Fact Check

Did Ted Nugent Ask Why There Were No Lockdowns for 'COVID 1 Thru 18'?

In a 12-minute video, the musician amplified several bogus claims and conspiracy theories about COVID-19.

Published April 11, 2021

 (Gage Skidmore/Public Domain)
Image courtesy of Gage Skidmore/Public Domain
Musician Ted Nugent questioned why there weren’t lockdowns for “COVID one through 18” in a Facebok Live video posted on April 7, 2021.

Snopes is still fighting an “infodemic” of rumors and misinformation surrounding the COVID-19 pandemic, and you can help. Find out what we've learned and how to inoculate yourself against COVID-19 misinformation. Read the latest fact checks about the vaccines. Submit any questionable rumors and “advice” you encounter. Become a Founding Member to help us hire more fact-checkers. And, please, follow the CDC or WHO for guidance on protecting your community from the disease.

In a nearly 12-minute video shared from the verified Facebook account of Ted Nugent, the musician vented his frustrations about the COVID-19 pandemic, while amplifying conspiracy theories, in a bizarre rant.

“I ain’t scared. I ain't scared of nothing,” said Nugent before going on a tangent about “knowing every songbird.”

At about the 1:30 mark, the musician then lamented the decisions made by production companies to cancel tours in 2021.

“We are not waiting for any authorization from any bureaucratic entity to say, ‘you can go ahead and tour now.’ You know, this year’s tour is canceled again. Are you kidding me? The production companies won’t let us tour again this year,” said Nugent. “Dirty, bastards, lying, scam, smoke and mirrors, COVID-19 freaks.”

And at the 2:20 mark, the 72-year-old asked his viewers the following:

You know, I guess I would ask you — because I’m addicted to truth, logic and common sense — and my common-sense meter would demand the answer to why weren’t we shut down for COVID one through 18?

COVID-1 — and there was a COVID 2, 3, 4, 5, 6, 7, 8, 9, 10, 11, 12, 13, 14, 15, 16, 17 and 18 — COVID one through 18 didn’t shut anything down but woah, COVID-19!

He did not appear to be joking.

Much of the information included in Nugent’s social media rant was misleading and rife with misinformation.

For example, Nugent echoed erroneous claims that numbers of reported COVID-19 deaths have been exaggerated (we fact-checked similar claims here, here, and here) and questioned whether the 500,000 total death count was accurate. (As of this writing, the Centers for Disease Control and Prevention listed more than 539,000 associated deaths in the U.S.) Nugent also claimed that COVID-19 is "99.8% survivable" (False) and questioned why there were no shutdowns for other pandemics like the so-called Spanish Flu of 1918 (In fact, there were many.)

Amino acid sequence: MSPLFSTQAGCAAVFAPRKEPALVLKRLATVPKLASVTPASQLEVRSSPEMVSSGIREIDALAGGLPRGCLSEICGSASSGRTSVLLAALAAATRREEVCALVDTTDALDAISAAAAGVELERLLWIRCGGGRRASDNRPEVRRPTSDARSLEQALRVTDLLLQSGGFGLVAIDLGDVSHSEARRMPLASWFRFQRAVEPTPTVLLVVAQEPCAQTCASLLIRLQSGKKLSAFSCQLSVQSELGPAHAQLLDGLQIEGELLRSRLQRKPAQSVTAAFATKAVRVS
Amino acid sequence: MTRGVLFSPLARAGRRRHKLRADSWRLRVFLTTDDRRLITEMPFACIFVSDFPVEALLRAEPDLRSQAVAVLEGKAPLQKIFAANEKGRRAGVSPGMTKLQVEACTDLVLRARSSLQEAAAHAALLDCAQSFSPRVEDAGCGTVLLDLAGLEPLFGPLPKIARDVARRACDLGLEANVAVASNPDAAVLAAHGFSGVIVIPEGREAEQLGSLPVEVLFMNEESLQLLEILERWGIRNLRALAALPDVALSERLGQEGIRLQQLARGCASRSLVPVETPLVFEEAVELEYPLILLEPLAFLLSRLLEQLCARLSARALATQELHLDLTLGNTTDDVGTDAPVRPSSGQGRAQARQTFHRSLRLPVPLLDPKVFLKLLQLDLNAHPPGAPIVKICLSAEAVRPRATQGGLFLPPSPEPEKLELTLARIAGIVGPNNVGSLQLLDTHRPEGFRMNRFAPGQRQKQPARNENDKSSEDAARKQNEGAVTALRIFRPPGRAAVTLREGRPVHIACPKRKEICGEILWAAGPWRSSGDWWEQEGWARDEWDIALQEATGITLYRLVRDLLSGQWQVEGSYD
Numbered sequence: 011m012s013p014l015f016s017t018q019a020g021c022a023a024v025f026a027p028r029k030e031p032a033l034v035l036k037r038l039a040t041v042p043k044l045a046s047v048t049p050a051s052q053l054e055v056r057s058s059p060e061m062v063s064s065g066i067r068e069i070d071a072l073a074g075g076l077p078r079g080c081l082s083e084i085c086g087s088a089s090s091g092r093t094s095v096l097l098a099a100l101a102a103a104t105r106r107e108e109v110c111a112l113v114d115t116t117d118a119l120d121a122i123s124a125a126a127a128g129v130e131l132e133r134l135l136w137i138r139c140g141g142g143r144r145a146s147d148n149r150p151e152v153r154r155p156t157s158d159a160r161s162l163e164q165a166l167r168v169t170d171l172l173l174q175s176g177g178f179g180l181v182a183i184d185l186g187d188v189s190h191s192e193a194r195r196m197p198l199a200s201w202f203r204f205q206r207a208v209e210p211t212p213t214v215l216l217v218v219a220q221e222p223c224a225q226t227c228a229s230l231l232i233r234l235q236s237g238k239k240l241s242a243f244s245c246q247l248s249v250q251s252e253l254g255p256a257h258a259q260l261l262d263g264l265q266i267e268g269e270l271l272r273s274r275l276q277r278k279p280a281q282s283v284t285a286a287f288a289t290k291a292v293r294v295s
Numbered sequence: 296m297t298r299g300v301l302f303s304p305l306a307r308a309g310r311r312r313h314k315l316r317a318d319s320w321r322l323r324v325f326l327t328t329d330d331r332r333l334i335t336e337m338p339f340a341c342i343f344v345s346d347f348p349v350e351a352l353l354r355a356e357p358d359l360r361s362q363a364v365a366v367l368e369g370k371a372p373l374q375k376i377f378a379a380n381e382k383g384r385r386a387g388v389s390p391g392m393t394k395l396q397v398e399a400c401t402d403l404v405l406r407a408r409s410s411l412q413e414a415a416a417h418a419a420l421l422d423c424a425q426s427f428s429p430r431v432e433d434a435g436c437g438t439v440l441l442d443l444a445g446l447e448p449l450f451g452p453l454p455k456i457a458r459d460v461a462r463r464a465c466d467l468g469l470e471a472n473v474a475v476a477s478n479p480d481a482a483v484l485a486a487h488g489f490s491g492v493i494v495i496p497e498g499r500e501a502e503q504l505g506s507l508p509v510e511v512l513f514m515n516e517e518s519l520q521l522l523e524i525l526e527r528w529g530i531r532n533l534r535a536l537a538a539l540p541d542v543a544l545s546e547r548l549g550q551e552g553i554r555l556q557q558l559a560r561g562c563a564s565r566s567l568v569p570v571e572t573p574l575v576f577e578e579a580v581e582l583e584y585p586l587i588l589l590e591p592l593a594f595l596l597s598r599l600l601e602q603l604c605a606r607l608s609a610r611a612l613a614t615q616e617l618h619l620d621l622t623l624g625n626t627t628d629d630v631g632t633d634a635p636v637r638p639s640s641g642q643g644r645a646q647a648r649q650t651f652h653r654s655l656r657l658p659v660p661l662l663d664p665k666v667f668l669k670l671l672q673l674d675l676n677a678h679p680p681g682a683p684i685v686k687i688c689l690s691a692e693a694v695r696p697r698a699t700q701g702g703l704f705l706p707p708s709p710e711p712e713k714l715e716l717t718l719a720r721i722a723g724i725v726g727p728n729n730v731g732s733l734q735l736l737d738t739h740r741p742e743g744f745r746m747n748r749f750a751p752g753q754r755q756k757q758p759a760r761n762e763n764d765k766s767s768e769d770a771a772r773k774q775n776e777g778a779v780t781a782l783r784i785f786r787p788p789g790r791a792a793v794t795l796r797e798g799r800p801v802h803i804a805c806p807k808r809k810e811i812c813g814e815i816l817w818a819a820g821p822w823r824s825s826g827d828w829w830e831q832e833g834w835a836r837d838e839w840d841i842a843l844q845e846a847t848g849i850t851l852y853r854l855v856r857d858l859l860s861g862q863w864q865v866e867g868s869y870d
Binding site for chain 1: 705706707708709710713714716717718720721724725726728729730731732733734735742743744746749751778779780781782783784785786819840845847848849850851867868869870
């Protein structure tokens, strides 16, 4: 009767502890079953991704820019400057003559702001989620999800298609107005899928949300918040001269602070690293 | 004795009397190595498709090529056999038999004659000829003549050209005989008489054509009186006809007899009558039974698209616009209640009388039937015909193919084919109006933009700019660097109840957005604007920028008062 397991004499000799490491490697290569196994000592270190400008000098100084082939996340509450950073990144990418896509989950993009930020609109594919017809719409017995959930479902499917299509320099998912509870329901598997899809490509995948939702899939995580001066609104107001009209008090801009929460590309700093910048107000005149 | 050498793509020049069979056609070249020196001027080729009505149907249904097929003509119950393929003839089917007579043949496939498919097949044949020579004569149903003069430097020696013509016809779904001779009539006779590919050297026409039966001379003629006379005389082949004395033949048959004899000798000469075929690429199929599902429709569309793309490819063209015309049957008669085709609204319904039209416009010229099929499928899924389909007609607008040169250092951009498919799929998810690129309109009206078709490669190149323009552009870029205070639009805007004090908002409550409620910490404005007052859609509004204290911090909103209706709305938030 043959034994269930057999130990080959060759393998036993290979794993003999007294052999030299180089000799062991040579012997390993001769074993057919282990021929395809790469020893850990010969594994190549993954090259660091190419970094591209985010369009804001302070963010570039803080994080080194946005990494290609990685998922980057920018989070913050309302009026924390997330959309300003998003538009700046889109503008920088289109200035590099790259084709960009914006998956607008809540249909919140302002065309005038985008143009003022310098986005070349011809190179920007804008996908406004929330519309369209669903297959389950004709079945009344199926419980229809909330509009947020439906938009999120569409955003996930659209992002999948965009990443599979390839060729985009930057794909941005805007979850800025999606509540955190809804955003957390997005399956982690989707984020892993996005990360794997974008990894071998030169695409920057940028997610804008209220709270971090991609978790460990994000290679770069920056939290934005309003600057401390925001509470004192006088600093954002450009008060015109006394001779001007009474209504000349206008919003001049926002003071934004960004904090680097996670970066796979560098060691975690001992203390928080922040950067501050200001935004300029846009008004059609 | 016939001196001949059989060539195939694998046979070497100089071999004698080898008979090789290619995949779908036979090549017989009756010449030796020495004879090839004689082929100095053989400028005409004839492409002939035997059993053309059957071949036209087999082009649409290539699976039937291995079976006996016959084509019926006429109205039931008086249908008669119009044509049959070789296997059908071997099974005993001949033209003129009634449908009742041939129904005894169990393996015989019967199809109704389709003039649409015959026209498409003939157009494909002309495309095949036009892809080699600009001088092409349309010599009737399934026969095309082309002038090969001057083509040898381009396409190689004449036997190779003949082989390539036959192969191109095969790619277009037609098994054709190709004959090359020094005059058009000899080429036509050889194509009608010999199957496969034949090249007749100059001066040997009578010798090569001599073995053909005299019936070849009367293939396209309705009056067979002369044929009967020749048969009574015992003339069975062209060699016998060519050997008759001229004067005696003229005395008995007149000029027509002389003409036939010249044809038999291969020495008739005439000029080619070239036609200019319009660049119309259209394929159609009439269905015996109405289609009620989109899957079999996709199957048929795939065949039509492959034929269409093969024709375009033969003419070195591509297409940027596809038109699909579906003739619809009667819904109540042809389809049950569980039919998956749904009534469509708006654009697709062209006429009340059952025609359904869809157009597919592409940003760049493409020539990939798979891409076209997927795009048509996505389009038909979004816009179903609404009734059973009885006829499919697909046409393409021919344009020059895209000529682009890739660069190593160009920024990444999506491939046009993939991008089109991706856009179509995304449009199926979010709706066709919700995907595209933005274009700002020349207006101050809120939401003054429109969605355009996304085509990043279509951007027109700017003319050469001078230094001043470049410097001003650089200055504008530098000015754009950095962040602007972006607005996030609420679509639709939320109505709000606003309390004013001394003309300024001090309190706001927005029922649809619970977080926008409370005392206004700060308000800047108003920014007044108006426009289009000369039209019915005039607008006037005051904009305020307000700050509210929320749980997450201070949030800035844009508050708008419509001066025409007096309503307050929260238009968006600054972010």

The respiratory disease COVID-19 was named in February 2020 for the coronavirus that causes it — SARS-CoV-2 — and the year in which the first disease case was reported — 2019. Following that logic, Nugent’s proclamation of a “COVID one through 18” would suggest that there had been 18 years of coronavirus infection rates at a global scale, which is unfounded.

And though COVID-19 is the only respiratory disease to be caused by SARS-CoV-2, other coronaviruses have prompted government response in the last two decades. Coronaviruses make up a large family of zoonotic viruses that are found around the world in a variety of animals, from bats and pangolins to tigers, dogs, and humans.

The 2003 outbreak of severe acute respiratory syndrome (SARS) was also caused by a coronavirus, SARS-CoV, and marked the “first pandemic of the 21st century.” According to the CDC, the disease did not spread widely in U.S. communities and though the country did not go on lockdown, the health agency issued a number of emergency responses to battle a potential widespread outbreak. Globally, a total of 8,098 people worldwide became sick with SARS, 774 of whom died. Only eight people in the U.S. were laboratory-confirmed to have been infected by the virus. Similarly, Middle East Respiratory Syndrome (MERS) is a coronavirus caused by MERS-CoV and was first reported in September 2012. But only two people in the U.S. have ever tested positive for MERS-CoV infection — both in May 2014.

Madison Dapcevich is a freelance contributor for Snopes.